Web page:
Do we owe the Madoff victims anything?

Beating the drum of entitlement.

madoff after court 248.88 ap (photo credit: AP)
madoff after court 248.88 ap
(photo credit: AP)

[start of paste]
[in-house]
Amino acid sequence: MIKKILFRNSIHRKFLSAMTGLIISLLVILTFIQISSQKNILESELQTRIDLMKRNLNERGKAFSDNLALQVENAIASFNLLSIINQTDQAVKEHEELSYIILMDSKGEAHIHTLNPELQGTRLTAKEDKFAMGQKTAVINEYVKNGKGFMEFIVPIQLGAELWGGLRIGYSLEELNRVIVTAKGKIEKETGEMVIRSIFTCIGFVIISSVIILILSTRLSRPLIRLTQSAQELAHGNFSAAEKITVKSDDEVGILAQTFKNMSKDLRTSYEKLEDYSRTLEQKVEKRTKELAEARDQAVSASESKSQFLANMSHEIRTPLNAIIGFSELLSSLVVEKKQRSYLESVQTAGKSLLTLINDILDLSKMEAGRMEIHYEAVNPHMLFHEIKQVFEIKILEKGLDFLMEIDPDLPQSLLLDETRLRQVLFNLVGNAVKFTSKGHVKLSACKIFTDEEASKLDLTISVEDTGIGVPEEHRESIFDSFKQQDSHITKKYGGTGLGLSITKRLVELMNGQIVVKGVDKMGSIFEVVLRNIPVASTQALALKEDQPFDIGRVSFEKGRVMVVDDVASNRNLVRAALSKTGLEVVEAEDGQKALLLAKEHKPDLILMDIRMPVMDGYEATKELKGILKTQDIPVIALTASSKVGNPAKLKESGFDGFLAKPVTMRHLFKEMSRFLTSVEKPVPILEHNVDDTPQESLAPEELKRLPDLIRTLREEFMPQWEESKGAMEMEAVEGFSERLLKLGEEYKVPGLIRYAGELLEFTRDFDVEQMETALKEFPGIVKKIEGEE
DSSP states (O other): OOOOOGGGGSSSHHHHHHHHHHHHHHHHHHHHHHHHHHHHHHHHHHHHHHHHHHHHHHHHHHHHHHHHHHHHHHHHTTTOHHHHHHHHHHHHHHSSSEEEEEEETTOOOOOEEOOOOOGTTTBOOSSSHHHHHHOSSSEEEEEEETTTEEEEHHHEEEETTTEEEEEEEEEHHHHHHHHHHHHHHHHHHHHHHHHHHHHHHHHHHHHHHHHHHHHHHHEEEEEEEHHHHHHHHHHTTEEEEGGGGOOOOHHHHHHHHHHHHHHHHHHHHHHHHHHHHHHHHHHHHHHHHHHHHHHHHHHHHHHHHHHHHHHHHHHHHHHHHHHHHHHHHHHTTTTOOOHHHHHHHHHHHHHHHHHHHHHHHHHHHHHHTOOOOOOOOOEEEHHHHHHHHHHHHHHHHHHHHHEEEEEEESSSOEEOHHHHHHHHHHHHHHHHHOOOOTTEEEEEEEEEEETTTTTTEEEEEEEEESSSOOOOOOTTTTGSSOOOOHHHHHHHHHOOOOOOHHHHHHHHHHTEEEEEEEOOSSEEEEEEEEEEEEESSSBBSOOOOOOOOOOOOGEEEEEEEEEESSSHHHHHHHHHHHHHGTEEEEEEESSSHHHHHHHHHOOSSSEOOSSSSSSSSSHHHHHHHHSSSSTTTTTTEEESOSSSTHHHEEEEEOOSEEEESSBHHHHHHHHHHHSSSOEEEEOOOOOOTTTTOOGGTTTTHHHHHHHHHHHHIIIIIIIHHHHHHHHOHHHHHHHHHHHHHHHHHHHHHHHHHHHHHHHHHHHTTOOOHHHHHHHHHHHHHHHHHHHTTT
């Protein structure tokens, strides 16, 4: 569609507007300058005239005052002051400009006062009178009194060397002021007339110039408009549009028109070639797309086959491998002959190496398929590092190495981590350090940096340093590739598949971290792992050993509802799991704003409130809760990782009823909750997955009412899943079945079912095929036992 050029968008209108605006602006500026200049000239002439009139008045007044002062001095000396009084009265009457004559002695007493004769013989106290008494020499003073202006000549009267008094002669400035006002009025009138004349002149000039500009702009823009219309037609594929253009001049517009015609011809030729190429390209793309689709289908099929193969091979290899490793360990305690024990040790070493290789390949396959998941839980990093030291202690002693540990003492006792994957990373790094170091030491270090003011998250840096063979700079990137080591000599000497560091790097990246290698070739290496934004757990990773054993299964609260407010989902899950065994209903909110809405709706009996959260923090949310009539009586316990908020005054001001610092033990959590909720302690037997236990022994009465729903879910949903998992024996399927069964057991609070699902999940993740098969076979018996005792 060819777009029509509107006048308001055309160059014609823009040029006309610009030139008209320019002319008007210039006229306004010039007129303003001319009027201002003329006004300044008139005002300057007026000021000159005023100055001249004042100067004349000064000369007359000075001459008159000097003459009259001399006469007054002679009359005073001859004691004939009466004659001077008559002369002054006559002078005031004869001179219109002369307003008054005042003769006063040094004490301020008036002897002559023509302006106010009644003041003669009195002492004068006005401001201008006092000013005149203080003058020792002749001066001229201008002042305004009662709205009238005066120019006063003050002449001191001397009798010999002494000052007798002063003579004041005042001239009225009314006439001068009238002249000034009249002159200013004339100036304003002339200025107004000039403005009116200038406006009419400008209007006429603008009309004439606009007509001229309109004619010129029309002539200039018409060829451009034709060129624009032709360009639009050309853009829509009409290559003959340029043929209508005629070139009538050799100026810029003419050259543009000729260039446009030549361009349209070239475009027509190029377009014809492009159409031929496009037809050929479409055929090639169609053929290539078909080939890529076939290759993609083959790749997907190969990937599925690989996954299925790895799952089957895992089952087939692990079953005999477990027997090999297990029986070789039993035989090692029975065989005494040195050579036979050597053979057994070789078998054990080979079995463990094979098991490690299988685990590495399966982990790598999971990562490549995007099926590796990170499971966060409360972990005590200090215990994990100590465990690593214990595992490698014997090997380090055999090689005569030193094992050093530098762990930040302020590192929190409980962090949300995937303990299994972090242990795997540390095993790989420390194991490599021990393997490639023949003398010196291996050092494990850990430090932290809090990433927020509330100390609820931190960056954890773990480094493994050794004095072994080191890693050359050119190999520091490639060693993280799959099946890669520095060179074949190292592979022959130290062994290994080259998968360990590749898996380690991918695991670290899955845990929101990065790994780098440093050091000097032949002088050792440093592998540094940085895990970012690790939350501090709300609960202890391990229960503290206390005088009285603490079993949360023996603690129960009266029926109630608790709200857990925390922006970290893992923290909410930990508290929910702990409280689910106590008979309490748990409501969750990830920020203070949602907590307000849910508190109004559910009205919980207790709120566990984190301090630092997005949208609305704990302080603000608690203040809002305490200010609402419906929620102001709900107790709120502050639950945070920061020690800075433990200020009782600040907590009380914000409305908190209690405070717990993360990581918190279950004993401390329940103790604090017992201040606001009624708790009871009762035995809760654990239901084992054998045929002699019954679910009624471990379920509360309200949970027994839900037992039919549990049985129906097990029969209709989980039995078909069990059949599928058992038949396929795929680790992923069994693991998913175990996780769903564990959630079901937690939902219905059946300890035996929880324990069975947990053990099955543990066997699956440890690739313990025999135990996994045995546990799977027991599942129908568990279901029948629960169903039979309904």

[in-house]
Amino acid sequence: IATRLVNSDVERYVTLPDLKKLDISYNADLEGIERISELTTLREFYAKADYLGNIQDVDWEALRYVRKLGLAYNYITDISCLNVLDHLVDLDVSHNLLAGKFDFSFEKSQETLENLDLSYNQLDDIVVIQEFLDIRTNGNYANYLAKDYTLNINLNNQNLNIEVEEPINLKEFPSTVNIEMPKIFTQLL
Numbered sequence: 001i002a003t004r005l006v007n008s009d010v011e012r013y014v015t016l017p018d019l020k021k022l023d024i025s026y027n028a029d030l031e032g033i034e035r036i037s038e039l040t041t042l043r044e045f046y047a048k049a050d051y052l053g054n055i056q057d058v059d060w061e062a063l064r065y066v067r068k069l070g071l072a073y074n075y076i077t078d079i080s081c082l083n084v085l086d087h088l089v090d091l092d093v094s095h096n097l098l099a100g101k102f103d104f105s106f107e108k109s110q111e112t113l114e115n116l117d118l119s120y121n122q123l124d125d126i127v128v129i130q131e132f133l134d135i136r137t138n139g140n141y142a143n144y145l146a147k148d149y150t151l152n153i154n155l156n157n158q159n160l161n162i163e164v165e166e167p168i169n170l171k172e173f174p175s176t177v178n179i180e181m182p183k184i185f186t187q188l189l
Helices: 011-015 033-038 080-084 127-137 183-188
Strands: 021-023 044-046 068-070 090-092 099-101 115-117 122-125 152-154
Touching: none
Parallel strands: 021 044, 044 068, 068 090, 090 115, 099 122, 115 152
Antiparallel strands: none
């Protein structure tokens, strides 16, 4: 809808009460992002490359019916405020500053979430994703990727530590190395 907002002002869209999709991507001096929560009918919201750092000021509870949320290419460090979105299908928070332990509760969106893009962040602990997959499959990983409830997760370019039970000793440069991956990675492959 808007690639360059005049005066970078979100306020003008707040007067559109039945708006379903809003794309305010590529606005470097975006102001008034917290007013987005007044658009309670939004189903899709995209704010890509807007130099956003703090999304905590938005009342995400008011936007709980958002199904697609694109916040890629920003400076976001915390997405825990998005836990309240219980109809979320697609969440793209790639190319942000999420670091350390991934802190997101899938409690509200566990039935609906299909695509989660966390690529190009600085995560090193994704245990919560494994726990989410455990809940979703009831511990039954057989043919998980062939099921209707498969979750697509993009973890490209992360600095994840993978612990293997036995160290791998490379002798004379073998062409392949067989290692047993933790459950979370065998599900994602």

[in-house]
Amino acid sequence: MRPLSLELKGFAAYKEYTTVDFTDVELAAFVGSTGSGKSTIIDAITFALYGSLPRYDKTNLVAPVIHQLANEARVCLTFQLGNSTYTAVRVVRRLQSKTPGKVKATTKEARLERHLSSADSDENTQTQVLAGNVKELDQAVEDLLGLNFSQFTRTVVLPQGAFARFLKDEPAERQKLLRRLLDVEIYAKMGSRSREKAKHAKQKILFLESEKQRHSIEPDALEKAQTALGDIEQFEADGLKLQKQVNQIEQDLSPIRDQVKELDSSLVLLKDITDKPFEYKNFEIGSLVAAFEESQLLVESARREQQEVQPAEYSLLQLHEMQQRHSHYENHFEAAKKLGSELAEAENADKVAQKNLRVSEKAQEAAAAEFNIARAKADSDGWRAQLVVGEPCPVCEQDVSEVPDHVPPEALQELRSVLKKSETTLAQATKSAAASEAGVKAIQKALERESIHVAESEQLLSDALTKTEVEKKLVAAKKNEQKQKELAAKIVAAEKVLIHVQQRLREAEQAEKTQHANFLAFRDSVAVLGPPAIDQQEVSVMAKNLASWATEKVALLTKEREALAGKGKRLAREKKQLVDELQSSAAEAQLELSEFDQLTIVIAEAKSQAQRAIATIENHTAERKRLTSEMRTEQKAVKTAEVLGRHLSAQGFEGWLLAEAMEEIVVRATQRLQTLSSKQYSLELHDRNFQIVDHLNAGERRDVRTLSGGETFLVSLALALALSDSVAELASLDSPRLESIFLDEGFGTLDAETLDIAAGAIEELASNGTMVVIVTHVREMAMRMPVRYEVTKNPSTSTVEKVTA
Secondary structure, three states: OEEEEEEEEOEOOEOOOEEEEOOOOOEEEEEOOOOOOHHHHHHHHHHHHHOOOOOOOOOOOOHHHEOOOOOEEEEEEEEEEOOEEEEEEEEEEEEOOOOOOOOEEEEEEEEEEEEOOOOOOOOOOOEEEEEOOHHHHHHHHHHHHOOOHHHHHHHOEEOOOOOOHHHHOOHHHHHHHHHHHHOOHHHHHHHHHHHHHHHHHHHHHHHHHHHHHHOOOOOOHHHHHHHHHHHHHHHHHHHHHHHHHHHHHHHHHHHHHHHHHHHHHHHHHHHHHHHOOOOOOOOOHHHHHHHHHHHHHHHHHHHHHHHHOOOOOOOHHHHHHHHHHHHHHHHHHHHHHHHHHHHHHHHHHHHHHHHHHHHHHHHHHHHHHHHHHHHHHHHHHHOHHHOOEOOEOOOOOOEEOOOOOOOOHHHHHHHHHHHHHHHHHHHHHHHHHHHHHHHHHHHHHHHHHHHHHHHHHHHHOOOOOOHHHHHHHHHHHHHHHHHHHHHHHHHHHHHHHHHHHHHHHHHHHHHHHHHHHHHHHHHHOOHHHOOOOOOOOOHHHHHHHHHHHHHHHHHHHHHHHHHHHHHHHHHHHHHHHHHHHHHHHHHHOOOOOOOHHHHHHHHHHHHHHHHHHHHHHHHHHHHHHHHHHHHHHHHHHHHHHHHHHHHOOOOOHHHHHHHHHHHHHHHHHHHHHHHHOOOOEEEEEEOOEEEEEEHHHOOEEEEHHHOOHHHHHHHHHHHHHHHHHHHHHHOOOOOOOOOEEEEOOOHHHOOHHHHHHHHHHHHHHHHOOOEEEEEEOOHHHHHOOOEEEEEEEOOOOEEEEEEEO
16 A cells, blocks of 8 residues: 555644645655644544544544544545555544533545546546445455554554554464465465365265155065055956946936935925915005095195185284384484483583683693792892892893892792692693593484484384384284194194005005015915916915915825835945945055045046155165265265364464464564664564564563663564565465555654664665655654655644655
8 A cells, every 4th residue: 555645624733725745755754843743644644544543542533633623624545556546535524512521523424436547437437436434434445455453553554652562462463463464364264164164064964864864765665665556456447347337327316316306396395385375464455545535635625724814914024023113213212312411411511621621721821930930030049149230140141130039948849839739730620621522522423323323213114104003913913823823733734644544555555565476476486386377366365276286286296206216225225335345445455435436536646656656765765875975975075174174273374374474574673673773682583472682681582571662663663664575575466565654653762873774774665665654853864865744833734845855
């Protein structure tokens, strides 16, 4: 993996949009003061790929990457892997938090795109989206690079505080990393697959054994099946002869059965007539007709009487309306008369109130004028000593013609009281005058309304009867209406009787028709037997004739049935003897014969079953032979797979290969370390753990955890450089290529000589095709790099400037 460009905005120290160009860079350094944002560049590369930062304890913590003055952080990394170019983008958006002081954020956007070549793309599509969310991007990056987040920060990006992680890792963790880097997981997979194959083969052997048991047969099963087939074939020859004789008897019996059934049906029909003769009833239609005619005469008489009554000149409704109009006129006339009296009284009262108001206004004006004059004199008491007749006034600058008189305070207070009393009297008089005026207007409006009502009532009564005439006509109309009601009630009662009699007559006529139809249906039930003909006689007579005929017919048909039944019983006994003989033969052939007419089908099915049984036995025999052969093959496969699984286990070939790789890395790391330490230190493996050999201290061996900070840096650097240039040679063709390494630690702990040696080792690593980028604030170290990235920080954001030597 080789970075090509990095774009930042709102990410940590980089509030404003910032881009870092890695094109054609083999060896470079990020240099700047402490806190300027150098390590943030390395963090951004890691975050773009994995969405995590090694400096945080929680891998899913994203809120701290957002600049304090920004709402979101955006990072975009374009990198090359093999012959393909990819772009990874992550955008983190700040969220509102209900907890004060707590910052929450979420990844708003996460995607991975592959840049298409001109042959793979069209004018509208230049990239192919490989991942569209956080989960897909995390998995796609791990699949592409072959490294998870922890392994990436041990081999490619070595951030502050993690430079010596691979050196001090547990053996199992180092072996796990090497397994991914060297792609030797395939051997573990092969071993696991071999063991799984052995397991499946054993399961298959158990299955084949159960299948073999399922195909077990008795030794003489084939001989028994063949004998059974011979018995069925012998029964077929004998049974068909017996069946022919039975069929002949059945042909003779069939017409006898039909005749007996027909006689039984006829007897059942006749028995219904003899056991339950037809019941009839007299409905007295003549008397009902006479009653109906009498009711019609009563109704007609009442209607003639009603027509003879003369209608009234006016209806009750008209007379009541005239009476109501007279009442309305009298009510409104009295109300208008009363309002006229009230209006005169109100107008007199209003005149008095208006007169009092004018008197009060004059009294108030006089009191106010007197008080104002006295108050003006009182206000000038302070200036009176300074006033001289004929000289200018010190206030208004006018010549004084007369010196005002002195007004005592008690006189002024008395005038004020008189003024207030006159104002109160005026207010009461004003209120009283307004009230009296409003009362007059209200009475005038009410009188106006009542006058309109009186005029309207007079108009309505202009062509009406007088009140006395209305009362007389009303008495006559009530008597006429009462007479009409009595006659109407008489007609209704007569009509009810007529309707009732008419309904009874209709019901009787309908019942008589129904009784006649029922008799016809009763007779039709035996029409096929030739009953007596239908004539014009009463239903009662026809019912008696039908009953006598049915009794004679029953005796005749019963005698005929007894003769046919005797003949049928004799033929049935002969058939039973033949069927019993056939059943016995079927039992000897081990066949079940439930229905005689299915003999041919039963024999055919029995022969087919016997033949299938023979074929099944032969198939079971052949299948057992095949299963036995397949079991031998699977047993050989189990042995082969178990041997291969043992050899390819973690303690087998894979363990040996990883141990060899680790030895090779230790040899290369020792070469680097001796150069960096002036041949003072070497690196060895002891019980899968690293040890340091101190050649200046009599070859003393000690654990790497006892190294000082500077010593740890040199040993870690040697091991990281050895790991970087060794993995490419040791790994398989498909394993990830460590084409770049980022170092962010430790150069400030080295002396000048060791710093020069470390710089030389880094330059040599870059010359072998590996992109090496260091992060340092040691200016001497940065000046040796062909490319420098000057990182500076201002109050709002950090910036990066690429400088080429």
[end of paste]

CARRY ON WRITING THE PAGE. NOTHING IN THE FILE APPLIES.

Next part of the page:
On a sunny June morning in downtown Manhattan, the kids at the Columbus Park playground had to share their swings, slides and benches with photographers, reporters, cameramen and the people they had come to see: Bernie Madoff victims. There is not enough room on the sidewalk in front of the Daniel Patrick Moynihan United States Courthouse on Pearl Street to contain the Cirque de Madoff. When Bernie the Smirk is making his way inside - as he was Monday to receive his 150-year jail sentence - the crowd is so large it must expand across the street to the playground and down Mulberry Street, which runs perpendicular. Not that everyone minds. "Criminals are good for business," said Sam Ng, owner of Sam's Traditional Deli at 30 Mulberry as he rushed to fill orders coming from the horde for hot and iced coffee. "I think they should put him in jail for a long time." Presumably, Ng hopes Madoff didn't act alone, if only to help his sales. Ng and the kids in the park know that the Bernie Madoff spectacle, once compelling for illustrating the grandeur and scope of his fraud, is in danger of losing its relevance. It's been six months since Madoff's scam was uncovered, and for six months we've been hearing the horror stories. By now, you know them by heart: the lost retirement, college funds, endowments, nest eggs and jobs. Madoff created 10,000 financial nightmares. There's not enough money to cover the losses. We get the idea. Sounding like whiners This criticism isn't meant to minimize the suffering, which is immense. But some Madoff victims are starting to sound like a bunch of whiners. Take, for instance, Richa rd Friedman. He was a fixture in front of federal court on Madoff hearing days. On Monday, he held forth to a gaggle of cameras, microphones and reporters who are running out of questions. Friedman, from Jericho, New York, lost his life savings. He wants the Securities Insurance Protection Corp. to cover all of his losses. "It's not right," Friedman said. "If the FDIC [Federal Deposit Insurance Corp.] came into a bank, everyone would get their money back, and they would get the money that's on their statement. With SIPC they don't want to pay you the value of the money on your statement because they don't have the money." "They are making up the laws to suit themselves," he added. Friedman wants SIPC to reimburse Madoff investors above and beyond the maximum $500,000 it insures on brokerage accounts. Even though the FDIC, until recently, had set limits on deposit losses, Friedman thinks SIPC should throw its rules out the window just for him. That's right. He wants extra compensation that wasn't promised to him. Talk about making up the law to suit yourself. He's not alone. There are a lot Madoff investors upset with SIPC and the Securities and Exchange Commission. They don't feel the insurance fund and regulator are taking enough responsibility. Shell game victims? But Friedman and his ilk are shrill and play into an unfortunate stereotype that's developed in the general public: that Madoff investors were greedy billionaires enticed by the fraud's air of exclusivity and outsized returns. Now, like the tourist in Times Square who lost money in a shell game, they are crying foul to the police for not shutting the game down, and they are demanding the cops give them their money back. Why should the investors and brokers paying into SIPC pay for a fraud they had nothing to do with? And why would anyone support a taxpayer bailout just because the SEC missed the scam, as some Madoff investors have suggested? The answer, of course, is that they shouldn't. Madoff investors are getting back what they are entitled under the law. Through the work of the court-appointed trustee, Irving Picard, they're reportedly due $1.2 billion from the $13.2b. in estimated net losses Madoff incurred since 1995. That's in addition to insurance payments. And the search goes on. Family members, feeder funds and accomplices may soon have to forfeit assets to help those who lost fortunes. Whatever the search brings, it will never be fair, but it will be lawful. To suggest that as bystanders we owe Madoff investors something more is comic. At this stage the Madoff spectacle already has two: Randy Credico, an "activist and comedian" who was arguing clemency for Madoff - "an old man who made a mistake"; and Andy Borowitz, the comedian who was promoting his book Who Moved My Soap? - a humorous look at Madoff adjusting to life behind bars. Friedman and his followers should take a cue from the comics and lighten up. They should also confer with Bonnie Webster who lost close to her "life savings" investing with Madoff. Stationed a block away from the courthouse on sentencing day, Webster told me she isn't happy with SIPC or the SEC, but she isn't beating the drum of entitlement that's the instrument of choice for a noisy minority of Madoff victims. "We want to be positive and talk about the future," she said. "We feel what happened to us could happen to any American. Does anyone really know if their broker is trustworthy?" Now, that's a real issue that deserves the media spotlight. The idea that we're somehow responsible for a madman and his followers is better left on the playground where it belongs.